Dear Miss Snark,
TITLE: "He Looked for his Mother"
GENRE: Family Drama Survival
WORD COUNT: 80,000 words
A series of everyday random events collapse Harris Elliot’s world when he loses his wife and two of his children in an auto accident. Left to take care of himself and an infant Son, Harris slips between harsh reality and visions of a psychiatric hospital. A forgotten past which holds the secret of survival for the future. ( A Sentence Fragment which holds the key to my response)
“He looked for his Mother”
Despite all we are told, life is not dynamic and ever-changing. Life is in fact a series of snapshots. Millions and millions of instamatic portraits of a given time in space. The pictures are pressed into our memory or at least version of a memory, until we pull them out, dust them off, and look back and wonder if we really knew the people in the pictures, including ourselves.
Zap. We can talk about Instamatic as a brand name, thus a proper noun. We can talk about omniscent narrator who sounds like a voice over in a high school hygiene film when they made the boys leave the room. We can talk about the value of telling me the name of the character early on.
Snap. Snap. Blurry images. Confusing pictures. He looked for his mother. Small, sad, blue eyes scanning the blurry, unfamiliar faces. Confusion, people swirled around him. Finding no sight or smell he knew among the faces pressing close, he cried and cried and cried. His father walked with him in his arms, in ever tightening circles, the room of people closing in on him, offering help, suffocating.
They walked out the front door, the damp, sticky March air chilling. He pulled the baby closer. His footsteps hard and hollow on the gray concrete. Their only solace from inside. They wanted to help, needed to help. He understood, but he could not let go. For his 3 month old son was all he had. He tried to breathe, his chest hurt, pushing air out instead of in.
The crying slowed to broken, stuttering sobs, his father crying with him, until he could not see. Walking instinctively, an imaginary groove worn in the sidewalks they walked endlessly in the last two days and nights.
He knew too soon, the family, the friends, neighbors would be gone. Slowly drifting back to the living and their lives. They would be missed when the house was dark and empty.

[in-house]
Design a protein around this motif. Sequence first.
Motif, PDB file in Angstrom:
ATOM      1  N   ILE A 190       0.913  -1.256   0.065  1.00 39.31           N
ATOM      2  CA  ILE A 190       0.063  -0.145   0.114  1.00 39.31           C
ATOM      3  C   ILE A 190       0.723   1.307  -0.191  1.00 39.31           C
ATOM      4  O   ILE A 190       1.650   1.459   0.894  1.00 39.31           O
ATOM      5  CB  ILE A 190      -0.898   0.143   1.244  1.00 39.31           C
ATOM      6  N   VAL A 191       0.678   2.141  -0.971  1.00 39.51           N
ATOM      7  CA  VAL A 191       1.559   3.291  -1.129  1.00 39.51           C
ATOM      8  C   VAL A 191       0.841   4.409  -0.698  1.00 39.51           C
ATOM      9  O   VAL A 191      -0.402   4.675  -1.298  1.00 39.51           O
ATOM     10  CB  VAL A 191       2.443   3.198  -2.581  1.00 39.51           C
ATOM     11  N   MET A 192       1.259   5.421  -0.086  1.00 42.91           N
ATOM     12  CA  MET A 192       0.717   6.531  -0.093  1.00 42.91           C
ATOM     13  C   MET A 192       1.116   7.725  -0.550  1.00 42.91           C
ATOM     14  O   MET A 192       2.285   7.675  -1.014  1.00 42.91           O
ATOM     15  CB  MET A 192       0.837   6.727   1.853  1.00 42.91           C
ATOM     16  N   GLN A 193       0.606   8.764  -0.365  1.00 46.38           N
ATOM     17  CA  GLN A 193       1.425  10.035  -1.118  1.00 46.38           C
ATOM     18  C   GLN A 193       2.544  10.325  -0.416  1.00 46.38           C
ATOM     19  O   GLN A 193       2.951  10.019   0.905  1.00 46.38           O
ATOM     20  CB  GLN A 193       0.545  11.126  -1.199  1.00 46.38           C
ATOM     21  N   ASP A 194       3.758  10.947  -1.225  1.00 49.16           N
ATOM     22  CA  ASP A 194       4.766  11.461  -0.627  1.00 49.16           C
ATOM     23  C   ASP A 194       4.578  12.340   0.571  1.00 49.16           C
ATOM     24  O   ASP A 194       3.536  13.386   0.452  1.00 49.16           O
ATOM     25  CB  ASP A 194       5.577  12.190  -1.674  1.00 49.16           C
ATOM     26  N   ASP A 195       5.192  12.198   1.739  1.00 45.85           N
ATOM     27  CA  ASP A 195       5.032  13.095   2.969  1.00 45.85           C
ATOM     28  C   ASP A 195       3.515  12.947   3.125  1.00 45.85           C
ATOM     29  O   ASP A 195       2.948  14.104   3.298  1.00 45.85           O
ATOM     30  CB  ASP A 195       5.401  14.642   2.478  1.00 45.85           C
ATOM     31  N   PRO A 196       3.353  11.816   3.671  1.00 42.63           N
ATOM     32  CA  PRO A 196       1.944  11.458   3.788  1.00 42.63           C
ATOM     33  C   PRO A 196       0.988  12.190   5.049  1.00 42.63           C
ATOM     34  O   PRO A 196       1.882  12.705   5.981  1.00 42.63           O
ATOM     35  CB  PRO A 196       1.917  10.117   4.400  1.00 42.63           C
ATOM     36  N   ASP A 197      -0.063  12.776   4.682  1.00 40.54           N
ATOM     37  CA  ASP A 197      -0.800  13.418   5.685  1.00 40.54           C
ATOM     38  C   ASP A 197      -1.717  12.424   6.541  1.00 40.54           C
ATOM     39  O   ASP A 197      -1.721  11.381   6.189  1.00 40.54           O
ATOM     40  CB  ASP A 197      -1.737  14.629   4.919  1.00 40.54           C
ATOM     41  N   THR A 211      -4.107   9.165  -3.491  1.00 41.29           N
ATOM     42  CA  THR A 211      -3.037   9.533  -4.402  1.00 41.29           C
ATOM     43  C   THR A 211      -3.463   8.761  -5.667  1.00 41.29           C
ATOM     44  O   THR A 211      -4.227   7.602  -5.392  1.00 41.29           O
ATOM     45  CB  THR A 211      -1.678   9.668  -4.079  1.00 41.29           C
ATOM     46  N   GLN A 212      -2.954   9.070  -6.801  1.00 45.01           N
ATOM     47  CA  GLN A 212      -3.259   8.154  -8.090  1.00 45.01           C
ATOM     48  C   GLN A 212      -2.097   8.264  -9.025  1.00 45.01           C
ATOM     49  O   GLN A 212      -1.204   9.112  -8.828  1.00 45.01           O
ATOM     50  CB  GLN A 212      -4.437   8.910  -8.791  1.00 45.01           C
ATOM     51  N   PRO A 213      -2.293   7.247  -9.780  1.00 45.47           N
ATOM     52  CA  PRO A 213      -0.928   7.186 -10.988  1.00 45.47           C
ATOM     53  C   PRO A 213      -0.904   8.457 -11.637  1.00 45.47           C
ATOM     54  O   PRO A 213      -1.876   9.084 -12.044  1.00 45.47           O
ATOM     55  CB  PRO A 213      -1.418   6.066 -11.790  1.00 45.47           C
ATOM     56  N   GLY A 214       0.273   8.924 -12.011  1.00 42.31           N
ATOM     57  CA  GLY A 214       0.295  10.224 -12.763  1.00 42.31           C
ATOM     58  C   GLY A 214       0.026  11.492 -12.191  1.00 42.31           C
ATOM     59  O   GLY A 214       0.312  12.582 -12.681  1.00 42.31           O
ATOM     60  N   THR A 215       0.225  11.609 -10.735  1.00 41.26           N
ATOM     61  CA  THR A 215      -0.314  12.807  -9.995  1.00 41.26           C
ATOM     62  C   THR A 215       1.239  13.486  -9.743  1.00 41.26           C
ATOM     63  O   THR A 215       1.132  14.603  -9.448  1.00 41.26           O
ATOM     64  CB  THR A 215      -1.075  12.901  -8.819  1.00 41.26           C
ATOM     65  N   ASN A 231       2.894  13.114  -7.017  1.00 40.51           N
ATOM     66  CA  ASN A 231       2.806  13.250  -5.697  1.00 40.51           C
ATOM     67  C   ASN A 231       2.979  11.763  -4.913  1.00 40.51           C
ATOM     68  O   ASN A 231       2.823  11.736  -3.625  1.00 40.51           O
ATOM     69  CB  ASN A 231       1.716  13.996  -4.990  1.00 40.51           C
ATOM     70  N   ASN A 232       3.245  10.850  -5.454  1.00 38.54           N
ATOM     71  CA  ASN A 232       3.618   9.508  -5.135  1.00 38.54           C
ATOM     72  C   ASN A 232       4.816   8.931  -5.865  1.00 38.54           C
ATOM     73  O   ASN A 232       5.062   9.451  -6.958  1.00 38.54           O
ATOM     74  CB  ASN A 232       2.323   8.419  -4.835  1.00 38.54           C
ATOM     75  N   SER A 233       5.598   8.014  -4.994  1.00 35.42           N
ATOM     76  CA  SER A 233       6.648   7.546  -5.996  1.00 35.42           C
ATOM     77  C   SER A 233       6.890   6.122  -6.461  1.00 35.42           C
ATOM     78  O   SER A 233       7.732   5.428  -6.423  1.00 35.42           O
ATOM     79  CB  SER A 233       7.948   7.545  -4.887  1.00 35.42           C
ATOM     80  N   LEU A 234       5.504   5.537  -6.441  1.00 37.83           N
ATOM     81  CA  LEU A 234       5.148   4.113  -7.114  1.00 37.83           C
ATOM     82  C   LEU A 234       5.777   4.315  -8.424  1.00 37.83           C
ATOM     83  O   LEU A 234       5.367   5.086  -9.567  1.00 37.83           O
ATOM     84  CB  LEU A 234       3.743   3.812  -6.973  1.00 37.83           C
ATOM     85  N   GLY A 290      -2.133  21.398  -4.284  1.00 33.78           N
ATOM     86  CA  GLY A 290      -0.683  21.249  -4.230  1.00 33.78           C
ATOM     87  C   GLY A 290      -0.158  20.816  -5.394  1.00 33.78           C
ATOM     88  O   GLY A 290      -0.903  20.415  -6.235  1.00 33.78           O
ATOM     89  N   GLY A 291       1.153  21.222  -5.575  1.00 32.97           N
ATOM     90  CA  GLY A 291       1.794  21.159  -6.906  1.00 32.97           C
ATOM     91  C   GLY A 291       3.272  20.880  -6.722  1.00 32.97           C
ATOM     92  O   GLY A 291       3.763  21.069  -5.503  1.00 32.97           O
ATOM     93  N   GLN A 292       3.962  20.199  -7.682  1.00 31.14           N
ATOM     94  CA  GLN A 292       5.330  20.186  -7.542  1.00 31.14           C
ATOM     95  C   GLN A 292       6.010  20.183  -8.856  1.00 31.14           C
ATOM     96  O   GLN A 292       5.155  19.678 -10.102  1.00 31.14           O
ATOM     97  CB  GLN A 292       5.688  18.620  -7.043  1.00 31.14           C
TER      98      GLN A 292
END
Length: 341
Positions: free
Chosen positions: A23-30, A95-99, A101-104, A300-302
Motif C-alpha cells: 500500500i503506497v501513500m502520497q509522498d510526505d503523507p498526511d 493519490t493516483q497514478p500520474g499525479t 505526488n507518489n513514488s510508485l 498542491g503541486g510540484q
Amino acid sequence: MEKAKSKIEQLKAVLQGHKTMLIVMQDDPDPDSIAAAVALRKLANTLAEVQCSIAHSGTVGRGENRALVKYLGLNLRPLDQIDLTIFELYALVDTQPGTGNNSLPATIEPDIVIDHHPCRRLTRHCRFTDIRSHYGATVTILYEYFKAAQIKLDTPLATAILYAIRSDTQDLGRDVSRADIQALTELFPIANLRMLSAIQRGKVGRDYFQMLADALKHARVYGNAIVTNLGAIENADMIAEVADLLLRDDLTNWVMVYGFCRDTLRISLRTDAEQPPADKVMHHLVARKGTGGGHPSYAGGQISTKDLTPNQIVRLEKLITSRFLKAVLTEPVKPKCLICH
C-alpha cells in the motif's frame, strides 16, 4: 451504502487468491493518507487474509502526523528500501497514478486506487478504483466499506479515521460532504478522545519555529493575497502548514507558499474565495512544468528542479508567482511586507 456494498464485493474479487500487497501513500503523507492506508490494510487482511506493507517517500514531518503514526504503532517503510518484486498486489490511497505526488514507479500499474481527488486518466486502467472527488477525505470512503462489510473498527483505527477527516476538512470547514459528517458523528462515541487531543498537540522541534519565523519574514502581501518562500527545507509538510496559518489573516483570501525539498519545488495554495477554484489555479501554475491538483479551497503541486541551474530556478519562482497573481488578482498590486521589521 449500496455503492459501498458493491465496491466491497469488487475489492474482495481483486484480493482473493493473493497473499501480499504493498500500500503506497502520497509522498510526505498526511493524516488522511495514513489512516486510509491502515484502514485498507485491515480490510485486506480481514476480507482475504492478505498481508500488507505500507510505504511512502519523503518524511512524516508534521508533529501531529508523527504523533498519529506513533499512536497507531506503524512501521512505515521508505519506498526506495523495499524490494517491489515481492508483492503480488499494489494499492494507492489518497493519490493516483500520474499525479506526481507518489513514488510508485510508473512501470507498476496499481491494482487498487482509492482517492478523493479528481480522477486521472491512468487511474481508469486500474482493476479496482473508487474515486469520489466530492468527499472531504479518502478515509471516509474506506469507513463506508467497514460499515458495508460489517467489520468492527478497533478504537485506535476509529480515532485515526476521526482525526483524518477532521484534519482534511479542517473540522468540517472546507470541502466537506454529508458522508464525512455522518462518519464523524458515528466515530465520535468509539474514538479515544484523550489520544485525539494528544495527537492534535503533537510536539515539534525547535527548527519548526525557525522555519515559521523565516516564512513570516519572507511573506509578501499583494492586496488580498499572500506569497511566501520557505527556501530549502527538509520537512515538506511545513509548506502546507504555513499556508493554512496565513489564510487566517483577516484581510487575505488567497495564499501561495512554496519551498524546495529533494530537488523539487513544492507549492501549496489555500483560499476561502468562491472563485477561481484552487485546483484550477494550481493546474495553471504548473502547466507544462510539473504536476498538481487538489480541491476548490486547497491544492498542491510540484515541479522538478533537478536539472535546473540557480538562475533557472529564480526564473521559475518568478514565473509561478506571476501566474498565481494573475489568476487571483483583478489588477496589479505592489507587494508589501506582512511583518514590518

The voices of the baby’s sister and brother missing, only a distant echo swallowed by the walls and by . . . No broken staccato laughter when he tickled them. No screaming at each other in one breath and laughing in a darkened room the next.
The family, designed somehow to fill the bottomless void, would be missed, but now, now he needed to breath. To breath (is this you being all artistic and shit? cause it works better if you spell the words right) in the smell of his baby. To feel his fuzzy hair and warm skin next to his. They only way they could sleep now, in short fitful frames, pressed to one another, crying, wearing themselves into broken, empty dreams of exhaustion.
They were in front of the house, again 5 minutes. An hour. He had no way of knowing. The baby had given in, crying himself to a fitful sleep. His arms asleep, numb from carrying him. . His house. Ironic. His house filled with people who wanted to help, but he did not know how to let them.
Shadows and voices and lights filled the house. He hoped, prayed for a moment of quiet, empty house, but he knew they would be there. Everyone parted, then pressed in against them. “No. No.,” he pleaded.
They collapsed into the bed. The bed he and his wife bought. The baby slept, for now. Soon, he would stir again, looking for his mother. He could not sleep. Only listen to the voices. Slowly, very slowly, the voices faded and the house settled to sleep, creaking, popping, sighing.
The crying scared him. Disoriented him. The crying was next to him. Reflexes came to without the benefit of full consciousness. He swept the baby into his arms. “Shh,” he whispered over the piercing cry.
They staggered into the kitchen, lights, voices, family emerging in their wake. They were in his house.
He quickly mashed together cereal and bananas and forced it at the still crying mouth, now propped in a high chair. Finally, after much negotiation and the rapid dissection of the cabinets, refrigerator and kitchen, the baby agreed to some juice. They fell into the big chair; the first piece of new furniture he and his wife bought.
Another picture. Smells. Horrible, retched smells. Urine, vomit, sweat, blood. The pungent odors seared his nostrils and permeated the room. Lifeless, bland, sickening colors.
This is a mess.
Get some help.
Critique groups are a good start.